Saturday, June 24, 2017

Online courses

1. Papers of Dr. Young Chol Minh

Paper 1: Download link (andrews_ppdisk.pdf) - ASSIGNED TO GROUP 2 (Nguyễn Thị Phương & Widyanita Eka Putri)

Key points: protoplanetary disks, planet–disk interactions, dust continuum emission modelling, radio interferometric observations

Paper 2Download link (cesarsky_uib.pdf)

Key pointsreflection nebular, spectrophotometry, dust, infrared lines and bands 

Paper 3: Download link (heyer_cloud.pdf) - ASSIGNED TO GROUP 4 (Phạm Tuấn Anh & Phan Hoàng Minh)

Key points: molecular cloud, globule, kinematics and dynamics, interstellar molecules, star formation

Paper 4: Download link (minh_h2cs.pdf) - ASSIGNED TO GROUP 6 (Đinh Thị Mỹ Hảo & Bùi Thị Hoa)

Key points: molecular cloud, star formation, interstellar molecules, astrochemistry, dust mantle

Paper 5Download link (ngoc_bd.pdf)

Key points: low-mass star formation, brown dwarf, radio interferometric observations, interstellar molecules

Paper 6: Download link (onaka_miub.pdf)

Key points: diffuse dust emission, space mid-IR observation, dust properties

Paper 7Download link (snell_h2o.pdf)

Key points: molecular cloud, interstellar water molecule, space sub-millimeter observations, water abundances

Paper 8Download link (takahashi_omc.pdf)

Key points: molecular cloud, star forming dense cores, interstellar molecules, large-scale radio observations


 

2. Papers of Dr. Jorick Vink

Paper 1: Download link - ASSIGNED TO GROUP 7 (Mary Rose Balmeo & Phạm Văn Pháp)

Key points:
- Global stellar wind parameters (Sect 2.1)
- Resulting mass-loss rates and wind momenta (Sect 3.2)
- Metallicity effect (Sect 3.3)

Paper 2: Download link - ASSIGNED TO GROUP 4 (Phạm Tuấn Anh & Phan Hoàng Minh)

Key points:
- The theory of dM/dt determination (Sect 2.1)
- The calculation of the radiative acceleration g(r) (Sect 3.3)
- the predicted bi-stability jump (Sect 5)

Paper 3: Download link - ASSIGNED TO GROUP 1 (Đặng Đức Cường & Nguyễn Thị Vy Phương)

Key points:
- The calculation of the radiative acceleration (Sect 4.1)
- The self-consistent modelling of Wolf-Rayet winds (Sect 5)


3. Papers of Dr. Eva Villaver

Paper 1: Download link - ASSIGNED TO GROUP 3 (Đinh Thị Lan Anh & Ngô Thanh Liêm)

Key points: The focus is on how hard it is to determine observationally one of the most important quantities in Astrophysics: the initial to final mass relation and the implications that knowing the ending of stars have in all branches of astronomy.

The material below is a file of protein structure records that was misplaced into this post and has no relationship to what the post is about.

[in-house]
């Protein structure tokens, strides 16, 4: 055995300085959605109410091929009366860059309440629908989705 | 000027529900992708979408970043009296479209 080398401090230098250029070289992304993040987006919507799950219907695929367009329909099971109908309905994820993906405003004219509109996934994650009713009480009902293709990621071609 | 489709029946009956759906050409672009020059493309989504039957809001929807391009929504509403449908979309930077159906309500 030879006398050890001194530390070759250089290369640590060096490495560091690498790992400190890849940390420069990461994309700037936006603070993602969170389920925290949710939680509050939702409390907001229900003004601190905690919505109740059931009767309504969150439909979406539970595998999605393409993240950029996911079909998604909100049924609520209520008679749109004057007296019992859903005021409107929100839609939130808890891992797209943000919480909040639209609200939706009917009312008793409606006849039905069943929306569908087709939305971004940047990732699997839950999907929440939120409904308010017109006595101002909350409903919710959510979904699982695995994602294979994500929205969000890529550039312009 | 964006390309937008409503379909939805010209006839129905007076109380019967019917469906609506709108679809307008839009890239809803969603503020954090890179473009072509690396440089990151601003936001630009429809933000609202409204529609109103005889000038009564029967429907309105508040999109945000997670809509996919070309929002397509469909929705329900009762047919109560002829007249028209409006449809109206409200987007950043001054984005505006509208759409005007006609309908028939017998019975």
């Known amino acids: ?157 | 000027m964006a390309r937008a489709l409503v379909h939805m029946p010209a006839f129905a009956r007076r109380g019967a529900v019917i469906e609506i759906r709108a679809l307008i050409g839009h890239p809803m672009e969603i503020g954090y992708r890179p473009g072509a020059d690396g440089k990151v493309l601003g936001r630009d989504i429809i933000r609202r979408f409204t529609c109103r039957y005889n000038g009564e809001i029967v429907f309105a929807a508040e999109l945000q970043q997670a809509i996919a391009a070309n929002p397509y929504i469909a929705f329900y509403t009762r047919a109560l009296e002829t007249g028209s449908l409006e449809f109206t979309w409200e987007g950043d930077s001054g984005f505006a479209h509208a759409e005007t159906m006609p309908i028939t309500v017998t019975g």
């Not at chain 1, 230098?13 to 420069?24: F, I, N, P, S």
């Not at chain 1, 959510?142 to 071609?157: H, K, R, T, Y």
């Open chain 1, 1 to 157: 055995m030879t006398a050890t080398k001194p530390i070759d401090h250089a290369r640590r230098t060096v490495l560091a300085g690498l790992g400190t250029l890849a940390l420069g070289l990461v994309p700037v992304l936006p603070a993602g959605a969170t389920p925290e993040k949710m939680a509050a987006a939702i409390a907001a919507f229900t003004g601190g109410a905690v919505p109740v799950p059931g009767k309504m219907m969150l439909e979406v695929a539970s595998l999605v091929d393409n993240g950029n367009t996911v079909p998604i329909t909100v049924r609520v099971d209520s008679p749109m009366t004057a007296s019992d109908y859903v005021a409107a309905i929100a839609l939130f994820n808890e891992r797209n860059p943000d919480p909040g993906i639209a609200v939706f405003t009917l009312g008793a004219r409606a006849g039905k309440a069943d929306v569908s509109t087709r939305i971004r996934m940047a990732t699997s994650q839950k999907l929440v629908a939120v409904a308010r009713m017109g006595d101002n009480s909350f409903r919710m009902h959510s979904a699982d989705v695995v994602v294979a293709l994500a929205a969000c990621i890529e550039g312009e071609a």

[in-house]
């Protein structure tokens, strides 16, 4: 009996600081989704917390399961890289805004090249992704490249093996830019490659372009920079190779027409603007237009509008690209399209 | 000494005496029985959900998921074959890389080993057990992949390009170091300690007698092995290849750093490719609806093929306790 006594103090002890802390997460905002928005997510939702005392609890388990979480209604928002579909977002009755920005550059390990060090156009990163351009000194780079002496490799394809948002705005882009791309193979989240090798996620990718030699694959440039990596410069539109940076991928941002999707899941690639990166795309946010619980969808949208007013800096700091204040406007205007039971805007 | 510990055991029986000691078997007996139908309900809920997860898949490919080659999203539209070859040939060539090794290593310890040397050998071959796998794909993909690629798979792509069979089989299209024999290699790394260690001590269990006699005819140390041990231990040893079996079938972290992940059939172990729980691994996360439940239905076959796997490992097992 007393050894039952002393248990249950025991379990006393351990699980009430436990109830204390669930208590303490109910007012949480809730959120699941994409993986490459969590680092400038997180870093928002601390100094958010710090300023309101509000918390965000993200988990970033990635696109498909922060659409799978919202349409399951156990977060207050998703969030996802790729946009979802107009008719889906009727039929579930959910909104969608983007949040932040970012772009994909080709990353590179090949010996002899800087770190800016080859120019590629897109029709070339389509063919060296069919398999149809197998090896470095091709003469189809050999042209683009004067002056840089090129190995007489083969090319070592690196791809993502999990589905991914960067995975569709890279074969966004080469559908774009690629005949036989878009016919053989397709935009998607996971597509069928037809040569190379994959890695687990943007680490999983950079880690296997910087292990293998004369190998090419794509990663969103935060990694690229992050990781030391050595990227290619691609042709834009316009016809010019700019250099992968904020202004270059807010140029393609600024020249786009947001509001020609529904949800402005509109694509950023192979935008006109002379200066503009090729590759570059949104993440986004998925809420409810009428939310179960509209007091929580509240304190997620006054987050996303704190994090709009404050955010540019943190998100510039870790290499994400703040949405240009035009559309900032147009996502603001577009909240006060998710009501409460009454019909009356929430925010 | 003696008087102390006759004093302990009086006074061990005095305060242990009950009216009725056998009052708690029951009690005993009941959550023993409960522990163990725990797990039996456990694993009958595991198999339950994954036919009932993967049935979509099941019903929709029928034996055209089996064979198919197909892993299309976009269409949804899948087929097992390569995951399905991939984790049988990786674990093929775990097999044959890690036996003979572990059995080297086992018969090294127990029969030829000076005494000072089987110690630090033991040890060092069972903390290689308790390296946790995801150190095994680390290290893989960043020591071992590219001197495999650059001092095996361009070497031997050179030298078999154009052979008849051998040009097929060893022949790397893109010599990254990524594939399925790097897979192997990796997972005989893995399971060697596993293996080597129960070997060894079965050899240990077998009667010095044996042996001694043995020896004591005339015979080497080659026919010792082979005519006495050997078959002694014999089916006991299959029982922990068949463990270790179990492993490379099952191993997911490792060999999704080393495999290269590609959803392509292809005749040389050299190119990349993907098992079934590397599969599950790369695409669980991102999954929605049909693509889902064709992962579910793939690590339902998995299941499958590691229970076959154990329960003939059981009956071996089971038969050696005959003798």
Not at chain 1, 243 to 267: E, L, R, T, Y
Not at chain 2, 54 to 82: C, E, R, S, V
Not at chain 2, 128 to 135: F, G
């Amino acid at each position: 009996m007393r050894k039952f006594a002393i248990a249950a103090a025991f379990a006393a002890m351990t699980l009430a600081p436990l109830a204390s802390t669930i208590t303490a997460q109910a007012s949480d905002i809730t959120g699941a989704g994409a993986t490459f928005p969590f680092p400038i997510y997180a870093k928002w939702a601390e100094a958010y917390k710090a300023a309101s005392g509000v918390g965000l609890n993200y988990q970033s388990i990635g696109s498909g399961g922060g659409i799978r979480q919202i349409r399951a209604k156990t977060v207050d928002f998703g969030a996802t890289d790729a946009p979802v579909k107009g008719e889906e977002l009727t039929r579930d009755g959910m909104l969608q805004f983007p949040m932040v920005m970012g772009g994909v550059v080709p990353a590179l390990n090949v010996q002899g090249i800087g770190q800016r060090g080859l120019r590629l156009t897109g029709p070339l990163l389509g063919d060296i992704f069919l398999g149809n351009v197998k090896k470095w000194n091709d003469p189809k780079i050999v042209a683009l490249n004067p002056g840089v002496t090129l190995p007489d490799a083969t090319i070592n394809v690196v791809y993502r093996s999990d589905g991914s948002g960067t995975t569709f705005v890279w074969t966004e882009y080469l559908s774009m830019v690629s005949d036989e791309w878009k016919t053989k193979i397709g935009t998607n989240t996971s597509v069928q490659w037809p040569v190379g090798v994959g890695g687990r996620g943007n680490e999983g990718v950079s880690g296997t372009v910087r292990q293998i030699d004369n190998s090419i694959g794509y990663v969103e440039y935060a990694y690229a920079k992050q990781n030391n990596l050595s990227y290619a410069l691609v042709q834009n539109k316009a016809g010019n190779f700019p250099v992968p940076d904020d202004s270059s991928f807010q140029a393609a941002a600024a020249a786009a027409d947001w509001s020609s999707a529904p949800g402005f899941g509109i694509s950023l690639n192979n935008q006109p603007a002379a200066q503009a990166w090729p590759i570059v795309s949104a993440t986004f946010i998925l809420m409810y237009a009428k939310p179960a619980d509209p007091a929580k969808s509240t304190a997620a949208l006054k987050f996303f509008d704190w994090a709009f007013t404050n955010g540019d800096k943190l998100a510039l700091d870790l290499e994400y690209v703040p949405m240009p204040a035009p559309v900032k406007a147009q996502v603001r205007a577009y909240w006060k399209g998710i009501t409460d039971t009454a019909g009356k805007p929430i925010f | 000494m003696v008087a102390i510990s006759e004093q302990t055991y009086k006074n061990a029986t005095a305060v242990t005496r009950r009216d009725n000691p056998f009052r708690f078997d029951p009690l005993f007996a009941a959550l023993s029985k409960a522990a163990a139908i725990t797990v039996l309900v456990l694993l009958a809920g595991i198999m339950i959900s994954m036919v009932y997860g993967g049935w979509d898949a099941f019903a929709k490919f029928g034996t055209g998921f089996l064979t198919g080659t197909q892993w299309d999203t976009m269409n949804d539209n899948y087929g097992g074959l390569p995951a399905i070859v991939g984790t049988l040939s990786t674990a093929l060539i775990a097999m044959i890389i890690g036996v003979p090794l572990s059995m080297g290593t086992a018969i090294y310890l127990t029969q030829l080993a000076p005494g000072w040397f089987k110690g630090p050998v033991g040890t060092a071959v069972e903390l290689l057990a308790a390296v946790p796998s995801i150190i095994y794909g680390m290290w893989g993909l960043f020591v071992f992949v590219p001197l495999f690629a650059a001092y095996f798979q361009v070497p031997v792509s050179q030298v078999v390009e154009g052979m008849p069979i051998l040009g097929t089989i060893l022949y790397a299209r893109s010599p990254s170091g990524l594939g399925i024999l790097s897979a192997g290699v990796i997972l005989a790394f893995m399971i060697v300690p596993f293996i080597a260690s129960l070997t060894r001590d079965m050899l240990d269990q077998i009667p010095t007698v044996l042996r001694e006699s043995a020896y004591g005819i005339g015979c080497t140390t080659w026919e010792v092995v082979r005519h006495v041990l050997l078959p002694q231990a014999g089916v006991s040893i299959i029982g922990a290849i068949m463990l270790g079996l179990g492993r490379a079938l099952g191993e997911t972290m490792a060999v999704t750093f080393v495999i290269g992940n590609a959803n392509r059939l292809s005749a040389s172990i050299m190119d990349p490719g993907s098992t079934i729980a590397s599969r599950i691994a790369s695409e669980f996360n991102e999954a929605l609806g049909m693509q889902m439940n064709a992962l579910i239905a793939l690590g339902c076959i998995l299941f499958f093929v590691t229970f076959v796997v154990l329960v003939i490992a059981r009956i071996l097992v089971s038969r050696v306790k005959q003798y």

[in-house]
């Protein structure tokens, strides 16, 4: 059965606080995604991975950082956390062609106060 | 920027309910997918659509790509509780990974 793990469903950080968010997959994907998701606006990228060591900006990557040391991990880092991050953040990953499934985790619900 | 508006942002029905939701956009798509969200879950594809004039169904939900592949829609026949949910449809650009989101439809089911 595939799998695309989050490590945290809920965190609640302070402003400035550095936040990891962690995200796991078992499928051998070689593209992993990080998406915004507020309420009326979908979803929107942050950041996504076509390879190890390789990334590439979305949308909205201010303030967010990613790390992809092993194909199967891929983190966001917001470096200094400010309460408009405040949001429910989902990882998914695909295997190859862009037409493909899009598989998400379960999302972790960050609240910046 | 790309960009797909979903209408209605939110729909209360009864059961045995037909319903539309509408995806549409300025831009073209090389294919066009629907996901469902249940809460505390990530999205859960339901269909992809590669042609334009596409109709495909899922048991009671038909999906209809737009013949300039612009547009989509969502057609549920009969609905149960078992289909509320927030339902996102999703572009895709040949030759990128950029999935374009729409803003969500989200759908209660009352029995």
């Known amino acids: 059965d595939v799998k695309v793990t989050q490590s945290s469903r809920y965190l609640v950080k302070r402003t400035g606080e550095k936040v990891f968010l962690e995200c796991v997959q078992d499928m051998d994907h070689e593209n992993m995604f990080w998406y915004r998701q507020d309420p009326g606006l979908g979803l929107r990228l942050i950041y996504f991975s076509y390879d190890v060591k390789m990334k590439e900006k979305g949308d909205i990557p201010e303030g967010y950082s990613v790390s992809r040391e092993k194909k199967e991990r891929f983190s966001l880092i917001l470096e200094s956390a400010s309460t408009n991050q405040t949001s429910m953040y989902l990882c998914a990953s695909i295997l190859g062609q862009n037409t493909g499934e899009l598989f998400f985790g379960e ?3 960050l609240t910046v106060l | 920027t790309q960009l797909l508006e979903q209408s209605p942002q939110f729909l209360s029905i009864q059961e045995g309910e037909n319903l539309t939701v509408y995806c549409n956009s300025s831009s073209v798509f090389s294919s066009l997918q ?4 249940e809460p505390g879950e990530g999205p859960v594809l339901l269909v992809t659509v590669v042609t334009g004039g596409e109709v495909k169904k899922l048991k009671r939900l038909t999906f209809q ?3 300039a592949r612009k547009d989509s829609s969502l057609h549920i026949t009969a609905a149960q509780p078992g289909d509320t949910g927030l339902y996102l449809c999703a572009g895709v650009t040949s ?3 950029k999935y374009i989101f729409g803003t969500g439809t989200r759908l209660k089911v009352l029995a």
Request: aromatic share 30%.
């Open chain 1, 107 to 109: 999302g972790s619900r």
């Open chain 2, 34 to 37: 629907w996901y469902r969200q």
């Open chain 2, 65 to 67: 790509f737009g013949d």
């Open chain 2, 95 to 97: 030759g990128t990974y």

Paper 2: Download link - ASSIGNED TO GROUP 8 (Nguyễn Thành Đạt & Nguyễn Thành Luân)

Key points: The focus is on how uncertain is our knowledge of mass-loss in massive (and not so massive) mass stars. The implications that mass-loss has on all branches of astrophysics.

Paper 3: Download link - ASSIGNED TO GROUP 2 (Nguyễn Thị Phương & Widyanita Eka Putri)

Key points: The focus is how is the evolution of the chemical elements in a galaxy. How the computations are performed and what are the constrains that can be extracted from the observations.  The discussion should be on the origin of Fe. 

 

 

4. Papers of Prof. Hiromoto Shibahashi

Paper 1: Download link - ASSIGNED TO GROUP 1 (Đặng Đức Cường & Nguyễn Thị Vy Phương)

Key pointsHow is the light time effect useful to find invisible binary companions among pulsating stars and to determine the orbital elements.

Lecutre 1Download link 

Paper 2: Download link - ASSIGNED TO GROUP 3 (Đinh Thị Lan Anh & Ngô Thanh Liêm)

Key pointsFor a given stellar mass, if the star is chemically homogeneous, the size of the star is determined so that the star can be in hydrostatic equilibrium and in thermal equilibrium. In most of text books, the presence of carbon, oxygen and other heavy elements is assumed, and as a consequence, hydrogen burning by the CNO cycle is supposed to occur at the main-sequence stage. If we consider stars born as the first generation in the universe, before heavy elements are created, how is the situation different?

Lecture 2Download link

Paper 3: Download link - ASSIGNED TO GROUP 5 (Huỳnh Loan Thảo & Nguyễn Trần Hoàng)

Key pointsHow different is the Fourier transform of discrete data from that of the corresponding continuous function? And what is a consequence of sampling with a periodically modulated time interval?

Lecture 3Download link

 

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